Wednesday, 22 July 2009

Tardebigge Bottom Lock to Hopwood

Tardebigge Bottom Lock to Hopwood
Wednesday 22nd July
Worcester Birmingham Canal

8 Miles
30 Locks
6 Hours

With a deadline to meet and a disturbed night we were awake at 6.30am, entering the first chamber of the Tardebigge flight at 6.50am. Our sudden departure surprised the crew of a hire boat, who were also showing signs life and an aspiration to take advantage of the locks, which had been set in our favour by a descending boat the night before.

Tardebigge bottom lock at first light

The first half dozen locks were negotiated by the Captain and Belle, with a bleary eyed Jeff emerging at 7.30am. We settled down to a steady pattern, Belle wheeling ahead, Jeff steering and the Captain working the locks, soon finding ourselves at lock 43. This would be the Duke of York's favourite lock, being half way up the hill! It was at this point we met an oncoming boat who also made a 7.00am start from the top. The canal builders must have realised how easy it is to lose track of where you are, so they very kindly carved the lock numbers into sandstone blocks, which they set into the lock tail walls.

Lock number detailing on the Tardebigge flight

At lock 49, beneath the towering earth ramparts of Tardebigge Reservoir, we spied the battered bows of Tysley being bow hauled out by a disconsolate looking cast of the Mikron Theatre Company. Tysley's engine had failed 10 minutes before and this unwelcome development threatened their timetable of shows, which were due to start in two days time in Tewkesbury.

NB Tysley - Mikron Theatre Company (minus a working engine)

The Tardebigge flight may be the longest in the UK, but apart from lovely views of the Malvern Hills, its meandering course provides little opportunity for a vista of endless locks marching up the incline, as seen at Hatton or Caan Hill. Instead, one has to focus on the micro, which is interesting in its own way.

Did you know that all the blue bull nosed engineering bricks used to top off the lock walls were formed and fired in a variety of works in Tipton. Well neither did I, but a close inspection revealed an occasional imprint of their origin, a feature also used by BW in their more recent renovations.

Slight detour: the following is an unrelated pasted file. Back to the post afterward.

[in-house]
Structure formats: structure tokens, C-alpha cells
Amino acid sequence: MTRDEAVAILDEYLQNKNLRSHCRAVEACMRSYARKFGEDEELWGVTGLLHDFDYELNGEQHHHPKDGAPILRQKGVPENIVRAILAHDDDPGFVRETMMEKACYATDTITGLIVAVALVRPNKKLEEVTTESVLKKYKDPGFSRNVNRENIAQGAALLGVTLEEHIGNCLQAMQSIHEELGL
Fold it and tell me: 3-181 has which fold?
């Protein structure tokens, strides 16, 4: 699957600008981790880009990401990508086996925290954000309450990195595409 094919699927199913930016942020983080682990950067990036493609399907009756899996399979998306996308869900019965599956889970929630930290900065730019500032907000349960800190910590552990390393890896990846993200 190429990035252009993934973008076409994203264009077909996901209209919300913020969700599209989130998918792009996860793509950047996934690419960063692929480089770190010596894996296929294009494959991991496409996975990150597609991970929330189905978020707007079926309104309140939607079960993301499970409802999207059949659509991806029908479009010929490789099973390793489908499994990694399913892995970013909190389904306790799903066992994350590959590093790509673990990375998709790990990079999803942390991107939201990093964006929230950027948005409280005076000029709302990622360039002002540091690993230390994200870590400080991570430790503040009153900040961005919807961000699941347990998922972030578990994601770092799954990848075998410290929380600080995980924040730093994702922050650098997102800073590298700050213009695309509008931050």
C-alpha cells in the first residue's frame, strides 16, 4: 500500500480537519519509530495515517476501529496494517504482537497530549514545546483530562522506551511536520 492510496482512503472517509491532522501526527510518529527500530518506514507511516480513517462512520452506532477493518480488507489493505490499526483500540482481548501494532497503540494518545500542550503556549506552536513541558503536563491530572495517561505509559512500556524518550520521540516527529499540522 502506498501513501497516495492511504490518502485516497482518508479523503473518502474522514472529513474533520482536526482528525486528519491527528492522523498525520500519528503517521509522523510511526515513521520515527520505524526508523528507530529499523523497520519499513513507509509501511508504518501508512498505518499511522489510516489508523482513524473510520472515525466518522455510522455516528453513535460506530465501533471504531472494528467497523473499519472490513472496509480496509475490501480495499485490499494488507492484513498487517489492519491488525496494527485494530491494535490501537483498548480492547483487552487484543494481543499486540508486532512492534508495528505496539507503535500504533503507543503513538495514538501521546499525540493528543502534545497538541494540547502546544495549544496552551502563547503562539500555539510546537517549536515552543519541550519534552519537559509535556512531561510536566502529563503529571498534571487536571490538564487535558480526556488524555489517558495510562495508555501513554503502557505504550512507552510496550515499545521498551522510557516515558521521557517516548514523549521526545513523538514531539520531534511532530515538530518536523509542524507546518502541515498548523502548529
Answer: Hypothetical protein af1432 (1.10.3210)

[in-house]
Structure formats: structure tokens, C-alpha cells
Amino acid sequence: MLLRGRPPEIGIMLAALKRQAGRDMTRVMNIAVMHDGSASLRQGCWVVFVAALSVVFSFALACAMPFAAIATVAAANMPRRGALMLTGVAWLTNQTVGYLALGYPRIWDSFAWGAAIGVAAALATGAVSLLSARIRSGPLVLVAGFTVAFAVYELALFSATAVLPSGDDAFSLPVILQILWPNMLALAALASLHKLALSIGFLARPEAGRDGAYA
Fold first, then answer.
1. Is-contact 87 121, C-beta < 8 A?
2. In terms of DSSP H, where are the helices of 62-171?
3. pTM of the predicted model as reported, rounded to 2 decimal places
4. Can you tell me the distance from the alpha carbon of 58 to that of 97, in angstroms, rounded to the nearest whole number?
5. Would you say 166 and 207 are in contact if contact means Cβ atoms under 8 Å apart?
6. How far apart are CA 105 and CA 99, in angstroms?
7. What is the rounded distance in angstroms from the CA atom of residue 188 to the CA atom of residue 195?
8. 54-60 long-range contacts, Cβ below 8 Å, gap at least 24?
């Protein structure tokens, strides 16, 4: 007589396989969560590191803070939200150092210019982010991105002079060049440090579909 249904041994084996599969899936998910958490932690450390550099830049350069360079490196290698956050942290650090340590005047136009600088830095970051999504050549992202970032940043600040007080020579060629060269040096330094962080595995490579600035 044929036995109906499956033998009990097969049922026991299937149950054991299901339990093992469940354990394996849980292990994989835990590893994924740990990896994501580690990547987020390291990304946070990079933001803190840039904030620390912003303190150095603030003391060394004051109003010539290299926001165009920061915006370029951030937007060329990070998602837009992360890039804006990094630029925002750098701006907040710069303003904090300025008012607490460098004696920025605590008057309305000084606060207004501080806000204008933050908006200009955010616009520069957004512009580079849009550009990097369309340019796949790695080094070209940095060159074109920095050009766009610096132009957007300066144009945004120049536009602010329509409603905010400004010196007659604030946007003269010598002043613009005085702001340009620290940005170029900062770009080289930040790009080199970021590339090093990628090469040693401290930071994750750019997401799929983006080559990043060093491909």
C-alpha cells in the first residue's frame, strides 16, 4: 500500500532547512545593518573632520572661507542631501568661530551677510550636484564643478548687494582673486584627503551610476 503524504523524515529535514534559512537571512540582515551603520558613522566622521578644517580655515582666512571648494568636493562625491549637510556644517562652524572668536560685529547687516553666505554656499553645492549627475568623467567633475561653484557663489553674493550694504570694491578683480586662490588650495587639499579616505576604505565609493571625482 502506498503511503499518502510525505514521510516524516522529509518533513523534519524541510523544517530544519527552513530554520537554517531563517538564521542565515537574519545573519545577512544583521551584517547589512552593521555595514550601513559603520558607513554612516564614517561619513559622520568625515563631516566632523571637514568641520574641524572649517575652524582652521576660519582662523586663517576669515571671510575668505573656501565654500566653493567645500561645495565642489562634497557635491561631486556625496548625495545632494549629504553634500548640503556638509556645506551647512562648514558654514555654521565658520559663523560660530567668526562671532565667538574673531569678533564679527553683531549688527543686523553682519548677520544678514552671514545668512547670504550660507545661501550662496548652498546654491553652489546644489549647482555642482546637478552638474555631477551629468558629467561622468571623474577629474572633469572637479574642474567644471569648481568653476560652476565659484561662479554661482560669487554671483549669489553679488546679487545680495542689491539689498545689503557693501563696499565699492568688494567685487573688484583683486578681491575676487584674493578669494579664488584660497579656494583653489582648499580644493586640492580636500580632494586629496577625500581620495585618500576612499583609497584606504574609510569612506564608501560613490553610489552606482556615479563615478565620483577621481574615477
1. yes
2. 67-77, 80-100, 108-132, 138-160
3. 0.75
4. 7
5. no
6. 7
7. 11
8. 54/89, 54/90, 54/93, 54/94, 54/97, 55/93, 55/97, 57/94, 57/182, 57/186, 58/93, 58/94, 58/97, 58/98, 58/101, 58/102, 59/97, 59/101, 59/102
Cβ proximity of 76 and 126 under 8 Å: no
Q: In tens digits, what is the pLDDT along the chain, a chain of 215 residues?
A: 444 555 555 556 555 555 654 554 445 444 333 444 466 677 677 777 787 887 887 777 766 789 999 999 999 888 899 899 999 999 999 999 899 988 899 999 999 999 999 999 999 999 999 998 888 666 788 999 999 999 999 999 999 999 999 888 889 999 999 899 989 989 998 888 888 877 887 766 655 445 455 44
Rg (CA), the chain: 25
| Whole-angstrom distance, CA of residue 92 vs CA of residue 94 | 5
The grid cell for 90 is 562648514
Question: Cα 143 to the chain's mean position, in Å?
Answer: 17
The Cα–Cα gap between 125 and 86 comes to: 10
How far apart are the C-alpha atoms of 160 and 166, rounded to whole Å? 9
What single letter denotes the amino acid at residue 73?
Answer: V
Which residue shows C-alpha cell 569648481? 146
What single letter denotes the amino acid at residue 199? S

Between locks 54 and 55 you can see a pair of rotting hulks in the shallows, a rare sight in today's sanitised canal network.

We completed our ascent in a very creditable two hours fifty minutes, a time which this crew are unlikely to better. Everything was set in our favour.

Entering Tardebigge top lock
One note of caution: Boaters beware. Don't get too excited by the prospect of a refreshing pint at Tylers Lock Pub, which stands like a beacon at the top of this long hill. The pub is a mirage, long since closed down and offering little hope of succour to weary boaters.

Tardebigge Tunnel is, for 2/3rds of its 580 yards, hewn out of solid sandstone with just its northern third being brick lined. I like rough rock tunnels - but dont get me started about the glories of the Standedge Tunnel again.

On retiring to bed last night we discovered the terrible truth that the toilet holding tank was full. Not nearly full "be careful not to flush" sort of full, but full full, right to the top - cup runneth over sort of full. We therefore approached the Anglo Welsh pump out station with legs crossed, having already drawn lots to first access to the said facility. Jeff was all for using the loo whilst the pump was running, but was dissuaded on the ground that the resulting vacuum could suck him down the toilet a la Monty Python's Flying Circus!

The tunnels get longer as you progress along the Worcester Birmingham Canal, with the 613 yard Shortwood Tunnel being preceded by a canyon of overhanging trees which enhance its length and make for a spectacular approach.

The stretch through Alvechurch offered lots of scope for aqueduct hunting, first a brick lined arch containing a footpath just south of the town and then Aqueduct Lane Aqueduct to the north.

Finally, it was on to Hopwood and an impromptu meeting with representatives of the Goon Squad, who tottered uncomfortably down the towpath in delightfully inappropriate dress. With the meeting over we shook the dust of Hopwood from out sandals and moved the boat as far from the drone of the M42 as we could, without actually entering the southern portal of the Wast Hill Tunnel. We managed to find a mooring under an oak tree which was just within the cutting and therefore away from the noise, but due the the limited depth the stern had to lie a couple of feet from the bank. A night on the mud felt quite like old times.

The Goon Squad bore bad tidings which scupper next weeks plans for a return via Braunston. Instead we will make for Birmingham tomorrow, drop Belle off and Jeff and the Captian will take two days to return Wand'ring Bark to Calf Heath via the Black Country Museum and Wolverhampton.

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